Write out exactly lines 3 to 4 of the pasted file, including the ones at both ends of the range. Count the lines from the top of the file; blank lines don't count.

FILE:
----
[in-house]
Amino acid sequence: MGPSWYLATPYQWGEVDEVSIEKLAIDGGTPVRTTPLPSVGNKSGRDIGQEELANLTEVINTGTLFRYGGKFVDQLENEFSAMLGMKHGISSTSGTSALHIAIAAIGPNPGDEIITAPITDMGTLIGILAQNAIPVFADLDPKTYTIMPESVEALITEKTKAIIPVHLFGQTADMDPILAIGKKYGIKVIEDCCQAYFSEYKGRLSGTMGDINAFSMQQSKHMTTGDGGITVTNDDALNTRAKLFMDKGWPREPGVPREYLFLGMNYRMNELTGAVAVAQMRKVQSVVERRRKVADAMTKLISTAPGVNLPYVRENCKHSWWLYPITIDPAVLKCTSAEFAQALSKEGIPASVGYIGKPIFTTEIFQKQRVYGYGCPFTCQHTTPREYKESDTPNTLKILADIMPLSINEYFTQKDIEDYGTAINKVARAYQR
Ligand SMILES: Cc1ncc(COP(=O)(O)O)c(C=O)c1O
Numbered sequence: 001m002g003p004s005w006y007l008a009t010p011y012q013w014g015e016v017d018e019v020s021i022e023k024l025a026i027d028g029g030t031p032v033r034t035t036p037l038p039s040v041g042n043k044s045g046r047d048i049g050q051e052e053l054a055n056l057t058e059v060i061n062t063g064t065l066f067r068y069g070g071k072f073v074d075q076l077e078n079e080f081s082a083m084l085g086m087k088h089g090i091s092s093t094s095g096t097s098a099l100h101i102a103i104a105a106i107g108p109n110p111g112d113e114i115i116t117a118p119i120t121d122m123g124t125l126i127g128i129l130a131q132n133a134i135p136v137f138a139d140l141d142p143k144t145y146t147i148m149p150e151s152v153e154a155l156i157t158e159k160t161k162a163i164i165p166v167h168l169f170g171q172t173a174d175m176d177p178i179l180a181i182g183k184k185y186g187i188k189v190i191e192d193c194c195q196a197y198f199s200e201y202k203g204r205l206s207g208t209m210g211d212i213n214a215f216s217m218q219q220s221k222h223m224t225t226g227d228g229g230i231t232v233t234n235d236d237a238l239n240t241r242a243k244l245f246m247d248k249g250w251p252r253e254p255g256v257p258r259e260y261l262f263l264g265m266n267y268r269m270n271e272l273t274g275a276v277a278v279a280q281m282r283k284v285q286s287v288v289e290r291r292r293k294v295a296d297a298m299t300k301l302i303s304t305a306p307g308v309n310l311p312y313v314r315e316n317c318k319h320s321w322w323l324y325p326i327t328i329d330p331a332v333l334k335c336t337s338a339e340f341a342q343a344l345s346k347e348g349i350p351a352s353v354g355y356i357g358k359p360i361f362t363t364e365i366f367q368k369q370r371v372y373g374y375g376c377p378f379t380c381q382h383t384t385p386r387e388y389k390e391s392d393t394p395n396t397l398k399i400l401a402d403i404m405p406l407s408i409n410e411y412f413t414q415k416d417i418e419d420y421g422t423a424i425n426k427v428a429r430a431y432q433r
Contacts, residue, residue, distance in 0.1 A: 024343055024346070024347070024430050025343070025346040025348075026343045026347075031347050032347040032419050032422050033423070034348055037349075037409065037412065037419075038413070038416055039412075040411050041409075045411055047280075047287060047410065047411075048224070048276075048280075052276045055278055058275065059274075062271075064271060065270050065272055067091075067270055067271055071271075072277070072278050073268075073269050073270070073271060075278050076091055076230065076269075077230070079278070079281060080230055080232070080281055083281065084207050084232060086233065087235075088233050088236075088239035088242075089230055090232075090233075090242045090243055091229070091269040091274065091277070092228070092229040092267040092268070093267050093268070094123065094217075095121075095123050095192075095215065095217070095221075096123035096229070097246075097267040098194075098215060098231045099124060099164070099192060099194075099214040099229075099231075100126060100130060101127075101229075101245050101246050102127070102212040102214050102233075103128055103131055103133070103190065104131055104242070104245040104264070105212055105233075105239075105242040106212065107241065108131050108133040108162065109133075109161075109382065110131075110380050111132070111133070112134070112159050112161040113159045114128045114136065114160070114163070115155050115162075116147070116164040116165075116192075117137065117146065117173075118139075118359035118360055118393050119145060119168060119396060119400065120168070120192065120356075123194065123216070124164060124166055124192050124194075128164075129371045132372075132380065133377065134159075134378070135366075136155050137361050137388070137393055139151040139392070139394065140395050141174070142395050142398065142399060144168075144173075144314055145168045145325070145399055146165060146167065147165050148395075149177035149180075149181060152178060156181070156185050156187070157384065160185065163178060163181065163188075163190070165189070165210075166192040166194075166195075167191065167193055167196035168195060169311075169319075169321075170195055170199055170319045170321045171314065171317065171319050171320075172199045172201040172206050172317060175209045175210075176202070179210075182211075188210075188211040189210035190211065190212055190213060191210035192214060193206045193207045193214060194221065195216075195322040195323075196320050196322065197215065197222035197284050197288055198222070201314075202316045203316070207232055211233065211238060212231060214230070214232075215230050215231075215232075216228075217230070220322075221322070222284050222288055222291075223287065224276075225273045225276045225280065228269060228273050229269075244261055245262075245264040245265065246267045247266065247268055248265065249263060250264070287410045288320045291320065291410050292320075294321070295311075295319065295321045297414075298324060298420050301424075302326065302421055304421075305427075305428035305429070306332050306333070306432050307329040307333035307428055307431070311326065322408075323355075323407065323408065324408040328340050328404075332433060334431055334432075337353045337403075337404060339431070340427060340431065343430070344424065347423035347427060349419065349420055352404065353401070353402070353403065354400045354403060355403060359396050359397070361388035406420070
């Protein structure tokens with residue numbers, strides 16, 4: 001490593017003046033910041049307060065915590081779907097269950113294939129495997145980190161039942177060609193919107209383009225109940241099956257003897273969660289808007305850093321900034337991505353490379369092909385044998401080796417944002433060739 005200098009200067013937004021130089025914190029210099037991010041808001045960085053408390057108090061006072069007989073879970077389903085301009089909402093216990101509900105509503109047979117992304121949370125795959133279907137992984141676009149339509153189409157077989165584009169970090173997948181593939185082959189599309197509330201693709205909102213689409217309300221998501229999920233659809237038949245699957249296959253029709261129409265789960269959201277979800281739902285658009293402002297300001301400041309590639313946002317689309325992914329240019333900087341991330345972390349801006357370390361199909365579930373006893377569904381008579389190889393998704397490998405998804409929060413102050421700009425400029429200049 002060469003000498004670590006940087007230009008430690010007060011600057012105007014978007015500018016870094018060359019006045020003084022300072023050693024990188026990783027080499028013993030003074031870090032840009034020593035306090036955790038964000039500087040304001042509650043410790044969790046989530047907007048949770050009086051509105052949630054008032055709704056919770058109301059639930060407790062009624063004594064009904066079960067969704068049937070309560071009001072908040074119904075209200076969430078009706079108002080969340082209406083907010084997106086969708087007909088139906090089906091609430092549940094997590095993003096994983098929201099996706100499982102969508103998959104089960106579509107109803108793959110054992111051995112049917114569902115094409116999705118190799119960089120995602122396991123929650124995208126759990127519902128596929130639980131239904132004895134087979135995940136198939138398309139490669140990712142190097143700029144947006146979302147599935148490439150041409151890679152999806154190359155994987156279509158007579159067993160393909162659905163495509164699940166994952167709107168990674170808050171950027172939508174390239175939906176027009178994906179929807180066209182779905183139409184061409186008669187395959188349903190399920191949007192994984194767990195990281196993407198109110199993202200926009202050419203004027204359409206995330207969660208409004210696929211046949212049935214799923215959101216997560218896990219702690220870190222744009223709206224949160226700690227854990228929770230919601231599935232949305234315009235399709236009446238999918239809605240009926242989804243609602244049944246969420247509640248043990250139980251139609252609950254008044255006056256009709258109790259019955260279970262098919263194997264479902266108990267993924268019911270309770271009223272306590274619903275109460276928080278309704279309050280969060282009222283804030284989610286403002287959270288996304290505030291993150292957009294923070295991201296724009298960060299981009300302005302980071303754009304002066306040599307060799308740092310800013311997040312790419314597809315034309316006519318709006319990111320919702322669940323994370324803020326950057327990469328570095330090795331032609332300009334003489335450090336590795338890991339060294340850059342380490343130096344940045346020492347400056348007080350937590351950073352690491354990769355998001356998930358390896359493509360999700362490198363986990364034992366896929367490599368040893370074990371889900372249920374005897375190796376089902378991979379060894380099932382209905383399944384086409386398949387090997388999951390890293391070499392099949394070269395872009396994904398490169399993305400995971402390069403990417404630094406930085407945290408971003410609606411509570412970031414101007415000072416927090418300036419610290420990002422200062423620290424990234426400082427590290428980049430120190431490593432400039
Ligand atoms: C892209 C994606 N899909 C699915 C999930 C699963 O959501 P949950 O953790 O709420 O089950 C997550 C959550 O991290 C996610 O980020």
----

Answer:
Ligand SMILES: Cc1ncc(COP(=O)(O)O)c(C=O)c1O
Numbered sequence: 001m002g003p004s005w006y007l008a009t010p011y012q013w014g015e016v017d018e019v020s021i022e023k024l025a026i027d028g029g030t031p032v033r034t035t036p037l038p039s040v041g042n043k044s045g046r047d048i049g050q051e052e053l054a055n056l057t058e059v060i061n062t063g064t065l066f067r068y069g070g071k072f073v074d075q076l077e078n079e080f081s082a083m084l085g086m087k088h089g090i091s092s093t094s095g096t097s098a099l100h101i102a103i104a105a106i107g108p109n110p111g112d113e114i115i116t117a118p119i120t121d122m123g124t125l126i127g128i129l130a131q132n133a134i135p136v137f138a139d140l141d142p143k144t145y146t147i148m149p150e151s152v153e154a155l156i157t158e159k160t161k162a163i164i165p166v167h168l169f170g171q172t173a174d175m176d177p178i179l180a181i182g183k184k185y186g187i188k189v190i191e192d193c194c195q196a197y198f199s200e201y202k203g204r205l206s207g208t209m210g211d212i213n214a215f216s217m218q219q220s221k222h223m224t225t226g227d228g229g230i231t232v233t234n235d236d237a238l239n240t241r242a243k244l245f246m247d248k249g250w251p252r253e254p255g256v257p258r259e260y261l262f263l264g265m266n267y268r269m270n271e272l273t274g275a276v277a278v279a280q281m282r283k284v285q286s287v288v289e290r291r292r293k294v295a296d297a298m299t300k301l302i303s304t305a306p307g308v309n310l311p312y313v314r315e316n317c318k319h320s321w322w323l324y325p326i327t328i329d330p331a332v333l334k335c336t337s338a339e340f341a342q343a344l345s346k347e348g349i350p351a352s353v354g355y356i357g358k359p360i361f362t363t364e365i366f367q368k369q370r371v372y373g374y375g376c377p378f379t380c381q382h383t384t385p386r387e388y389k390e391s392d393t394p395n396t397l398k399i400l401a402d403i404m405p406l407s408i409n410e411y412f413t414q415k416d417i418e419d420y421g422t423a424i425n426k427v428a429r430a431y432q433r